Researchers at the Indian Institute of Technology, Roorkee, have found out the mechanism that underlies antibacterial properties of a natural compound called chlorogenic acid which occurs in several plants including coffee.
They have shown that the compound binds itself to an enzyme called chlorismate mutase in bacteria, thereby inhibiting its growth and causing its eventual death. The enzyme is in Shikimate pathway, which is one of the most essential metabolic pathways in any bacteria. It provides amino acids essential for survival of bacteria.
The shikimate pathway is present in microorganisms, plants, and apicomplexan parasites, but is absent in higher eukaryotes, which makes the enzymes of this pathway promising targets for the development of antibiotics, herbicides and pesticides.
Dr Pravindra Kumar of the Department of Biotechnology at the Institute said, “Based on biochemical and structural findings, we have shown that chlorogenic acid, a structural analogue of chorismic acid, is an inhibitor of chorismate mutase. Biochemical and binding assays have shown the inhibitory activity of chlorogenic acid against chorismate mutase type II.”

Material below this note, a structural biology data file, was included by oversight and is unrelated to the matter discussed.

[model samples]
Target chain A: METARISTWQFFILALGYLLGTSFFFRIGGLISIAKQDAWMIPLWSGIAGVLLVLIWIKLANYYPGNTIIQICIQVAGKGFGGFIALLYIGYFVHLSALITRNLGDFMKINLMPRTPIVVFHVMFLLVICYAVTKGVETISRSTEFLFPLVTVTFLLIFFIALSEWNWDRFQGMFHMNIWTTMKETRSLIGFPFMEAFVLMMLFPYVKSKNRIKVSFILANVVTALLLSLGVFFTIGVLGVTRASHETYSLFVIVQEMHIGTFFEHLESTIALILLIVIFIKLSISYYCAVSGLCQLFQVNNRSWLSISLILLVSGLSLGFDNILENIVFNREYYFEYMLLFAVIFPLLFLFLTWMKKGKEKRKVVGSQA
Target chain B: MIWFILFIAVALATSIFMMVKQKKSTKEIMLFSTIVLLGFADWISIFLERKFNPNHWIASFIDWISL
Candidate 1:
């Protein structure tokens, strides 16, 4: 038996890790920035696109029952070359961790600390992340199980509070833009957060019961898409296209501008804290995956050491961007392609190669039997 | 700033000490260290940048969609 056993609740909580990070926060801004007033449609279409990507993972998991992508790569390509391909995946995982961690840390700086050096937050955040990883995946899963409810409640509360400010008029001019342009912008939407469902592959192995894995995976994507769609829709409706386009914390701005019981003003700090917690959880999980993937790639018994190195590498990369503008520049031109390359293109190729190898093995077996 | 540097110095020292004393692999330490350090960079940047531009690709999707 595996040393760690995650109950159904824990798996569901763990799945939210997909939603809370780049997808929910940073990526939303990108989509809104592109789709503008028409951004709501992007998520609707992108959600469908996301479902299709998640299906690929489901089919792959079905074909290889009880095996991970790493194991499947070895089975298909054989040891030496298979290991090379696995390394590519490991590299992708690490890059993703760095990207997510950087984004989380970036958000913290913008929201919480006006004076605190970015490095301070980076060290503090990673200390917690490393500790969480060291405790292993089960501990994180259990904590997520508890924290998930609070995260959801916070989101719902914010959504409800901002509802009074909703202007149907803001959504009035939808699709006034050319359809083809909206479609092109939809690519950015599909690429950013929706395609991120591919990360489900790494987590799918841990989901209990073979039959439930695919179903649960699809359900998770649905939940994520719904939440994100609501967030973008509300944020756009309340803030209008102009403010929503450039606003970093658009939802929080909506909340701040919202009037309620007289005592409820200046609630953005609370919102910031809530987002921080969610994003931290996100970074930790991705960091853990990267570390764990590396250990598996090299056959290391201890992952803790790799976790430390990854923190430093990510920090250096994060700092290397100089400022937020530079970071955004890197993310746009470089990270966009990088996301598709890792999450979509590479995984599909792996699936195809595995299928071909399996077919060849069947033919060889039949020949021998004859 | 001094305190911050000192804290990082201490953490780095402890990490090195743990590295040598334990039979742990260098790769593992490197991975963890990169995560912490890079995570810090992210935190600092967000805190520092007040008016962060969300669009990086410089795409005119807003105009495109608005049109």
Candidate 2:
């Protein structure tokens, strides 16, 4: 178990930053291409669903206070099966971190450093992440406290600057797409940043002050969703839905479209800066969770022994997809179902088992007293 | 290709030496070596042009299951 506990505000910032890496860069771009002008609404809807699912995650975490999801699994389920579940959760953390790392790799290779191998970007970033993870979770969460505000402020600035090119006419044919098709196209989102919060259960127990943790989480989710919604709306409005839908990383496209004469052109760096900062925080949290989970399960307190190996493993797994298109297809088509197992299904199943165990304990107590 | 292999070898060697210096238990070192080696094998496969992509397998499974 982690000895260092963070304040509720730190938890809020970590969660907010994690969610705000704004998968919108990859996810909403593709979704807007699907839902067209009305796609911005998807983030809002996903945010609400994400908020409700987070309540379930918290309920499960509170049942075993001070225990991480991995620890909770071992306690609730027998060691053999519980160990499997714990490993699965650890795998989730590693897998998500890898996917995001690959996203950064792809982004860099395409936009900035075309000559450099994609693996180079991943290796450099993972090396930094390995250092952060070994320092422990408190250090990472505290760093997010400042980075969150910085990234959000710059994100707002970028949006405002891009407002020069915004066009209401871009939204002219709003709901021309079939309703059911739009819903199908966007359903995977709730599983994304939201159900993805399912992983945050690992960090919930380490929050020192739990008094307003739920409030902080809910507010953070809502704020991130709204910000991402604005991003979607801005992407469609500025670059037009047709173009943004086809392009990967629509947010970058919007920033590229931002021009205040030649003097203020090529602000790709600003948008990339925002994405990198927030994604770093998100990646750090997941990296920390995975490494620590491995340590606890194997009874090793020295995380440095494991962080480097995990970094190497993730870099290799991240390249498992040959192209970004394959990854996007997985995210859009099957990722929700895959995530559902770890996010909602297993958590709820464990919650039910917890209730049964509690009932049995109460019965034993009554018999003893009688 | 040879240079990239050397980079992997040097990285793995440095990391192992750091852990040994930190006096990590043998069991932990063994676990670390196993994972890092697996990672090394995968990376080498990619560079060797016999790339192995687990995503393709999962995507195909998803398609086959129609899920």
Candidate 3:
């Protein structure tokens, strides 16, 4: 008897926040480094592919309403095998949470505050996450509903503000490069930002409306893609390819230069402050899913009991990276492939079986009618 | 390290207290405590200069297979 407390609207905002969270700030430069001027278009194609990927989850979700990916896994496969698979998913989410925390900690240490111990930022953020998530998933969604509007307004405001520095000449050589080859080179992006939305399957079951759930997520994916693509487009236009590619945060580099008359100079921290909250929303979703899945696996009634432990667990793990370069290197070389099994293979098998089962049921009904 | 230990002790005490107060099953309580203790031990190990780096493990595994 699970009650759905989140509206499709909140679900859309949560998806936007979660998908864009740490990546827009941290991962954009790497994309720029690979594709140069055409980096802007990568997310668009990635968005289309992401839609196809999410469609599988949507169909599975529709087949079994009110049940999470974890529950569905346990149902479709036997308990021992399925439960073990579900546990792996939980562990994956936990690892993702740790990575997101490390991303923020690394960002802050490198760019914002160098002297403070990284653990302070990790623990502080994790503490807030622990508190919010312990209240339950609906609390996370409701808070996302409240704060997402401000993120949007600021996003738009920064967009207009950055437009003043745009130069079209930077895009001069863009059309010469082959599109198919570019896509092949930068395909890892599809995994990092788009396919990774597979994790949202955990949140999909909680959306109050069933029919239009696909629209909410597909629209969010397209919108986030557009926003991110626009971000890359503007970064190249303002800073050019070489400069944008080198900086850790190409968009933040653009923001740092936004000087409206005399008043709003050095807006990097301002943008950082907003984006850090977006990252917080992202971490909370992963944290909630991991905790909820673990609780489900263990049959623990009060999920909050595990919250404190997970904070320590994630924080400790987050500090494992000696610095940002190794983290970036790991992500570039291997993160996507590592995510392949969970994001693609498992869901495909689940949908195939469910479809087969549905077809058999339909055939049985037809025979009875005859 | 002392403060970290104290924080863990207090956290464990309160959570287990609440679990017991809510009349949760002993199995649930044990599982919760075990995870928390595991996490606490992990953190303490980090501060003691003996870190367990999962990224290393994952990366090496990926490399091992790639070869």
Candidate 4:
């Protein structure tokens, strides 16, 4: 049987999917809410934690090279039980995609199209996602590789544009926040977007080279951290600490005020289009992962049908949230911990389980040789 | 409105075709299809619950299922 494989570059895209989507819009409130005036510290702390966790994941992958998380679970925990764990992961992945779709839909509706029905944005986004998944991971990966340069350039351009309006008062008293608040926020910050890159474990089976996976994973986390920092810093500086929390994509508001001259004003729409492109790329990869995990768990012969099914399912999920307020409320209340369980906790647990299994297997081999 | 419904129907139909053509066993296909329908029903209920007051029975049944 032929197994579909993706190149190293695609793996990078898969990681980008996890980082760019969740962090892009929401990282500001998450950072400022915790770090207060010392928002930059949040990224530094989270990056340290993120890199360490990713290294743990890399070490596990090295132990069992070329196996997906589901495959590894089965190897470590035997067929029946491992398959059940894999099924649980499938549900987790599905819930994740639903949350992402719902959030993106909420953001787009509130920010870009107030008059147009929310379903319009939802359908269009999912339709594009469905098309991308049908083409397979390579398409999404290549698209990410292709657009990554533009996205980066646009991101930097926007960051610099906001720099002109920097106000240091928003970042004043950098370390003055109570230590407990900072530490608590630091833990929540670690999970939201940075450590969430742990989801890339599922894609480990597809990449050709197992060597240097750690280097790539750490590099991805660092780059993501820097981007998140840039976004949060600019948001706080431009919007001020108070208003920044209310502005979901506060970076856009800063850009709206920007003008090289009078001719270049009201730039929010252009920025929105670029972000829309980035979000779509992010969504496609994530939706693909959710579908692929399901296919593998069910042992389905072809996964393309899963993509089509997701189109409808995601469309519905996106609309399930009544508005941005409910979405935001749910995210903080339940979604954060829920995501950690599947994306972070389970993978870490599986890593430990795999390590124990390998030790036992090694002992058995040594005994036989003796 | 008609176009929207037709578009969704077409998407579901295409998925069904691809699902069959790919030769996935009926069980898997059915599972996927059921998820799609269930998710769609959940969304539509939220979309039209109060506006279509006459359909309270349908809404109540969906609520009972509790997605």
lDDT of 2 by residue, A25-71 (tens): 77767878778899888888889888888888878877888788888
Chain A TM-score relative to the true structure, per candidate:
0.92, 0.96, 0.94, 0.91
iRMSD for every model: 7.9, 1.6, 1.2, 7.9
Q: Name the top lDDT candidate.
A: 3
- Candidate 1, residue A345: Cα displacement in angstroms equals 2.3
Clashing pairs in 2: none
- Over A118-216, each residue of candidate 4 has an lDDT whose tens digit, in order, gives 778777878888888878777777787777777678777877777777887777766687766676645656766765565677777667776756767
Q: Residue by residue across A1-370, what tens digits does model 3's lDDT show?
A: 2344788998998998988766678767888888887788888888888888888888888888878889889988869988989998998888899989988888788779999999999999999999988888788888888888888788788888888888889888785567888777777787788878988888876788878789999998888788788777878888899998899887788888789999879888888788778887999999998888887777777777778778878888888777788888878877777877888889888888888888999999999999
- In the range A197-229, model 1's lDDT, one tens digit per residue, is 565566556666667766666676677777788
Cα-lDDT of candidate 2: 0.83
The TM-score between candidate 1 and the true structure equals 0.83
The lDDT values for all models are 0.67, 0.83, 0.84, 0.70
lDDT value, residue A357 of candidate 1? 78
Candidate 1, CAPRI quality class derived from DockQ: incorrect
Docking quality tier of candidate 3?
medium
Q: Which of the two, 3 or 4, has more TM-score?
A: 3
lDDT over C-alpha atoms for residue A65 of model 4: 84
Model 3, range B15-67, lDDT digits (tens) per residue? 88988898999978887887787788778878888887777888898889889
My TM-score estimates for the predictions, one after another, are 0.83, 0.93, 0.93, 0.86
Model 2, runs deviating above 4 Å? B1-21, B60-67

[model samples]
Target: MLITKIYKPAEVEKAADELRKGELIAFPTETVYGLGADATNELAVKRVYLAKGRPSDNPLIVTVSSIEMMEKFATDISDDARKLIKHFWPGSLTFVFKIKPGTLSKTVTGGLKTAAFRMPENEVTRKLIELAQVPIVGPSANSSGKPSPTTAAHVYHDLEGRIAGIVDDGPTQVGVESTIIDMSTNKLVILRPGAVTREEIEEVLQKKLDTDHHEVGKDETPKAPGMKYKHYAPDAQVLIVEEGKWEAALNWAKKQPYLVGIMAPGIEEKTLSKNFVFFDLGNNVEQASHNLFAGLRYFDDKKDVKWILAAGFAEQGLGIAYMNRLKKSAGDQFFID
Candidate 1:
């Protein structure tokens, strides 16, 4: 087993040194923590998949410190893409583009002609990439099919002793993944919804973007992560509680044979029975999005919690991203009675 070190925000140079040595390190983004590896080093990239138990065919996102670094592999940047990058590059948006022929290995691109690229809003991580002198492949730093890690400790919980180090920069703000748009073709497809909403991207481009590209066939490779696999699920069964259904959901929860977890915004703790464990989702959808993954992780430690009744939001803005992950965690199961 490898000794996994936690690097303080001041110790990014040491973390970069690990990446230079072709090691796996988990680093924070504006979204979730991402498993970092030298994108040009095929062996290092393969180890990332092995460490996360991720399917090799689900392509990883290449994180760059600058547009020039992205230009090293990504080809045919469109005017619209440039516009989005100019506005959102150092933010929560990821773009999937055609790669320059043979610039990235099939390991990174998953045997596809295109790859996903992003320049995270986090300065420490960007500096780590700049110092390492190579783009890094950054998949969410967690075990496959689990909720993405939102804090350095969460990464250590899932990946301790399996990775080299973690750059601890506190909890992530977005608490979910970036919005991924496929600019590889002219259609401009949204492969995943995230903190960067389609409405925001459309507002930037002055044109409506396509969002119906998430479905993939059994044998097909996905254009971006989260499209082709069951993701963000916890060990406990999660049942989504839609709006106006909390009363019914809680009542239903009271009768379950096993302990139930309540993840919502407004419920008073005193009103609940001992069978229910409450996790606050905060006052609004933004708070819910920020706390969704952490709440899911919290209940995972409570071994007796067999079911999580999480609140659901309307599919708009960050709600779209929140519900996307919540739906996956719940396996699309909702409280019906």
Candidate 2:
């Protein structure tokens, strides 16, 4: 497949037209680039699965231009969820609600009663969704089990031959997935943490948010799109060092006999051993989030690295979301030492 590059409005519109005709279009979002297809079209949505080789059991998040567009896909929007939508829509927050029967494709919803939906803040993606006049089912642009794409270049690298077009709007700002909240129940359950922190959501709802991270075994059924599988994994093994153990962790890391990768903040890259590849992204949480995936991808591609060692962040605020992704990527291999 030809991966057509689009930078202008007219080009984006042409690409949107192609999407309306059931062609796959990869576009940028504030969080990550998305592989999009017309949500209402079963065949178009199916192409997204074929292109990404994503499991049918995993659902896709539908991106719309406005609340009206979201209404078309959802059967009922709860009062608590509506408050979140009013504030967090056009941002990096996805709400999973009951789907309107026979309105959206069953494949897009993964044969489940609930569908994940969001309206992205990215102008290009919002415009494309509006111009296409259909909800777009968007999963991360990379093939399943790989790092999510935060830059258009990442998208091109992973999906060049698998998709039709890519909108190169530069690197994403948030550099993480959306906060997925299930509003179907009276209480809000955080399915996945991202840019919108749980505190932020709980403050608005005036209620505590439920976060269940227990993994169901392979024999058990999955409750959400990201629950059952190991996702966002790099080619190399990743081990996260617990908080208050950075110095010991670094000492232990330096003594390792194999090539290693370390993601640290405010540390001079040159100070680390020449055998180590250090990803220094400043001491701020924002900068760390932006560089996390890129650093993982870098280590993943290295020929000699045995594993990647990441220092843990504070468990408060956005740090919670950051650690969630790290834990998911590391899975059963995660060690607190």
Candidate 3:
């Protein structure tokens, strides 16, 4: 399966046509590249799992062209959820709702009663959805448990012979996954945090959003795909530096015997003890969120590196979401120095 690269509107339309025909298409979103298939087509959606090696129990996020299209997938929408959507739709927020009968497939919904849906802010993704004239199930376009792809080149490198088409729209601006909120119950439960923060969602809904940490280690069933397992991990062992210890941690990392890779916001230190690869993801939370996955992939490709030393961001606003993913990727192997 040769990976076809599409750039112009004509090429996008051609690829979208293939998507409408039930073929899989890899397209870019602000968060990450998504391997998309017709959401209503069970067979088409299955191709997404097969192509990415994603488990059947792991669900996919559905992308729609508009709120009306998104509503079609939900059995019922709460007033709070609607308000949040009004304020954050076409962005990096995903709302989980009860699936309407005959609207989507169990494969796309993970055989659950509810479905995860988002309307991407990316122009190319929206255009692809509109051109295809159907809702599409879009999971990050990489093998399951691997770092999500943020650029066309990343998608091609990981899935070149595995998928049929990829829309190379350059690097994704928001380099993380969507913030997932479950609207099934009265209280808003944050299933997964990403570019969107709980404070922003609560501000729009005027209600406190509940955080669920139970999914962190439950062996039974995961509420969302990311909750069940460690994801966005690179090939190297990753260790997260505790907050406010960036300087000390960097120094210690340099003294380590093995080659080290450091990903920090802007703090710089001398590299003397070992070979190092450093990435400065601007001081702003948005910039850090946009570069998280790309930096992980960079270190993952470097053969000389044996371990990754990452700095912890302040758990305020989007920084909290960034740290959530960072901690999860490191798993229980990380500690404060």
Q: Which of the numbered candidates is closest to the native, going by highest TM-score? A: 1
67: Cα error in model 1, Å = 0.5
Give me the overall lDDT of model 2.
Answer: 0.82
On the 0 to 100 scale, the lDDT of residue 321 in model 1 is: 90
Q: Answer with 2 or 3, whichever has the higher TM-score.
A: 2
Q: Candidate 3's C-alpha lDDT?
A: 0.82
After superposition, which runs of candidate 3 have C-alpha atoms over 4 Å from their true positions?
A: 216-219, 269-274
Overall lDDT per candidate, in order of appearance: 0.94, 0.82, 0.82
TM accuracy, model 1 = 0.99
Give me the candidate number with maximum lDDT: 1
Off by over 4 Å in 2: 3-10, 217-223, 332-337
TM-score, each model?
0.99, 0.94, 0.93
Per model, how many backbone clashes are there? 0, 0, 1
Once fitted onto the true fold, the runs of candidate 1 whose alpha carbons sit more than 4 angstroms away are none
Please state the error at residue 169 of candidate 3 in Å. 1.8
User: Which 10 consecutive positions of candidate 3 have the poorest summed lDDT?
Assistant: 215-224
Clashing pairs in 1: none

The researchers claim that molecular mechanism of antibacterial properties of chlorogenic acid has been deciphered for the first time. “The overall structural blueprints obtained from our work can be exploited to produce a more efficient new class of antibiotics. The atomic resolution structural snapshot of the Chlorogenic Acid binding with Chlorismate Mutase enzyme provides information, which can be used to tweak the chemical structure of Chlorogenic Acid to make a more potent inhibitor,” Kumar added. The first results of the study were published in Scientific Reports last year.
The research team included Dr.Shivendra Pratap, Dr Aditya Dev, Dr Vijay Kumar, Dr Ravi Yadav, Dr Manju Narwal and Dr Shaily Tomar.
This article was first published by India Science Wire.